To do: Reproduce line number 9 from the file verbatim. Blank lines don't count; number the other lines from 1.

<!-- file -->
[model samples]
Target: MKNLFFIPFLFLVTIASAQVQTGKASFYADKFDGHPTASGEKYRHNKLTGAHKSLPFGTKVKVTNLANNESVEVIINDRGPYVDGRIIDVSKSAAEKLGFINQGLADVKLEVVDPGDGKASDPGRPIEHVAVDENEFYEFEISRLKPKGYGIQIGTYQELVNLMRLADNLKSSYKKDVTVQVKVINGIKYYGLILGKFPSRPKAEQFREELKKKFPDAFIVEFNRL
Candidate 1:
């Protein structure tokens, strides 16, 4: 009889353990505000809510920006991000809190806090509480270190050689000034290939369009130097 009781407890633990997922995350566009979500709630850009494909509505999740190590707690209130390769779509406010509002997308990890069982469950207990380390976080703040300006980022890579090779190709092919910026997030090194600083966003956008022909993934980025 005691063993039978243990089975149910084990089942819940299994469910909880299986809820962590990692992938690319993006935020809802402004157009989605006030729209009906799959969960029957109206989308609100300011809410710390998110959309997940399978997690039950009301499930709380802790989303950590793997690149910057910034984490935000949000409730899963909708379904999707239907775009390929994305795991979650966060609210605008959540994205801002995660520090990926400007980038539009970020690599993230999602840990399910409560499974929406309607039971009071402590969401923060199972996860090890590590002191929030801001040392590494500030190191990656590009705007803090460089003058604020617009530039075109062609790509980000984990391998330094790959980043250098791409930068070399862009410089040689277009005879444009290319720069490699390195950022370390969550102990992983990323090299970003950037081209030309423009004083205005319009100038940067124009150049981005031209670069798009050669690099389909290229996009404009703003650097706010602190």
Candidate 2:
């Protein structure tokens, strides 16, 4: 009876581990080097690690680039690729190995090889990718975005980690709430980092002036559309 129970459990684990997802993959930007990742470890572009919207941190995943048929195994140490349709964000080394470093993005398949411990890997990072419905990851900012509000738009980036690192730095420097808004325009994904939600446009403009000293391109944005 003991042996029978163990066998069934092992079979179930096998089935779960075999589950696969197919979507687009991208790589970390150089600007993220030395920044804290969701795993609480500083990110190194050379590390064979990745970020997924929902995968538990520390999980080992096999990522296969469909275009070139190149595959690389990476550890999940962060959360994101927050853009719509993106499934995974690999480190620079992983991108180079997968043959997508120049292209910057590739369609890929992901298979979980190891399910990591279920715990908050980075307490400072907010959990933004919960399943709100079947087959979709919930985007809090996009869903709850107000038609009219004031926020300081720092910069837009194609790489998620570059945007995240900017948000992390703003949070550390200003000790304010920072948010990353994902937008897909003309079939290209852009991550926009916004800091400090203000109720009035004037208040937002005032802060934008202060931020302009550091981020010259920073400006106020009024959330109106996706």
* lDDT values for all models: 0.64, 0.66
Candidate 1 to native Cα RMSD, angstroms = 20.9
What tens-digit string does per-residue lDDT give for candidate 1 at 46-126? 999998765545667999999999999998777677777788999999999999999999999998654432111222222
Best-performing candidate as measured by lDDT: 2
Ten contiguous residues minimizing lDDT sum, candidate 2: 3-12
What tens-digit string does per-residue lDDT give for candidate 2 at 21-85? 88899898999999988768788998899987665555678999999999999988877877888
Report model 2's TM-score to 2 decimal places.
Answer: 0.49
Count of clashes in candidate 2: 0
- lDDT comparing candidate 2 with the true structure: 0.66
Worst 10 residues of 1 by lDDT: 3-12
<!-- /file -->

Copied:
What tens-digit string does per-residue lDDT give for candidate 1 at 46-126? 999998765545667999999999999998777677777788999999999999999999999998654432111222222